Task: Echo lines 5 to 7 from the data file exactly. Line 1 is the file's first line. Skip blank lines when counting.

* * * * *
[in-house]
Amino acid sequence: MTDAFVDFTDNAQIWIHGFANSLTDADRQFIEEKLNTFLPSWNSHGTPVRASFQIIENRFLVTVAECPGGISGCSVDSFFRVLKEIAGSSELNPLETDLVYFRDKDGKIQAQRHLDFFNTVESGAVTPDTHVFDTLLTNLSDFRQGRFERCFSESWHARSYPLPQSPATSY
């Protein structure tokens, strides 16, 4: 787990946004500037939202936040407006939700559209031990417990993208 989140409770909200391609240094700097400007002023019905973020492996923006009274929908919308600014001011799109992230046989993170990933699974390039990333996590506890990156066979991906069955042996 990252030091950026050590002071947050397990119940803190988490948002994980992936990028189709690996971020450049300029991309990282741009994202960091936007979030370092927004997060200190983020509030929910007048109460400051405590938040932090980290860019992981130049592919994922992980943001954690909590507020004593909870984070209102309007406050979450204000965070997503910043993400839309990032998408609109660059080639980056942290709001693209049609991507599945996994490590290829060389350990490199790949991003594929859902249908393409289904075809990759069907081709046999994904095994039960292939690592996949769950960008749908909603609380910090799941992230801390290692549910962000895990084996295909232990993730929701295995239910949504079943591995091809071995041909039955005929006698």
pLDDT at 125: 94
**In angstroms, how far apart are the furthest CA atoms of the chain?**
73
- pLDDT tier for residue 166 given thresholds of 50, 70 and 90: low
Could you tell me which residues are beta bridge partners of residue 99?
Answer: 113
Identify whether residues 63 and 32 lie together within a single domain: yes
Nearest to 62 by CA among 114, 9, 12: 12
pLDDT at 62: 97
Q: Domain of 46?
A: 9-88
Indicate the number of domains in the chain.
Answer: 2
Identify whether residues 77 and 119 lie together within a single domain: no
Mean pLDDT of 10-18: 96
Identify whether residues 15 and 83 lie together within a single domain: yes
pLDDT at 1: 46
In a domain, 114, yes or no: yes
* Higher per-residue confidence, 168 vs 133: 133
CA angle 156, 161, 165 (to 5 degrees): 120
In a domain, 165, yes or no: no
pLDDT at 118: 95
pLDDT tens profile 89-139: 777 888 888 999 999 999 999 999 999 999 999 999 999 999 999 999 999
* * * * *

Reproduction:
**In angstroms, how far apart are the furthest CA atoms of the chain?**
73
- pLDDT tier for residue 166 given thresholds of 50, 70 and 90: low